Team NeckBreak might have crashed and burned at the ESL One Asian qualifiers, but their loss has yet again highlighted the Indian CS:GO community’s inability to handle loss as a stepping stone to success.  Well, a specific portion of the scene at least.

For starters, we are yet to come to terms with the fact that the country is not a powerhouse in the Counter Strike Global Offensive scene. We attend one International LAN a year if we are lucky and for us to consistently perform against teams such as Renegades, who have defeated professional North American teams, it is close to impossible.

Necbreak CSGO

The various aspects we can learn from the European experiences of these teams should be our foremost goal.

In an international forum, members of the community spoke about how Renegades’ rose from the ashes to defeat tier two stalwarts in the competitive CS:GO scene.

However, what we fail to notice is the combination of infrastructure, financial backing and legitimacy the Australian scene has received over the years. In fact, members such as Chad ‘Spunj’ Burchill have been part of the E-sports extravaganza that was the Championship Gaming Series (CGS).

Even during ex-VOX’s most fruitful tenure, which saw them reach the knockout stages of ESL Katowice, they were led by former Sydney Underground star Azad ‘topguN’ Orami. The other Australian team, Immunity is spearheaded by Iain ‘Snyper’ Turner, who was the finest CS 1.6 player from the continent.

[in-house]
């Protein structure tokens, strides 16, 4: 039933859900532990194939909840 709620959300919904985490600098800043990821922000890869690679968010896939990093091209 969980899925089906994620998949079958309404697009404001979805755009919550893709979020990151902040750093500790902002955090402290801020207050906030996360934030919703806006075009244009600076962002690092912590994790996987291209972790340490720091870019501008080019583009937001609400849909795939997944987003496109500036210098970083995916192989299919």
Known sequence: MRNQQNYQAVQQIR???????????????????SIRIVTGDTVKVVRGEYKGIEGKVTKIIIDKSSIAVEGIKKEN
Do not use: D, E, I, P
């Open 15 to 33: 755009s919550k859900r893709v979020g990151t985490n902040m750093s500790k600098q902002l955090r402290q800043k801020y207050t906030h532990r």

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The number of International LAN’s Renegades has been invited to in 2014/2015 alone is more than the amount attended by different Indian teams, since the game’s inception. So, why do we even compare them on the same tangent?

A personal attack on NB manager Sid Joshi indicated the standard we are setting for CS GO’s fight towards being a sport in the country. If the creation of memes does actually de-motivate members, who are trying to develop the community in a positive manner then it will be far more degrading for the scene as compared to a 16-0 loss against a top team.

Personal Attacks in the form of meme were doing rounds on the CS:GO community.

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There is a reason why we were seeded bottom of the group because we were not expected to defeat teams such as Renegades. It’s time we come to terms with the fact that we are a tier 2 Asian CS:GO nation and these tournaments will act us building blocks for us to get better.

It’s time we unite as a community to back our teams and give them constructive criticism, instead of involving their personal lives into the professional realm.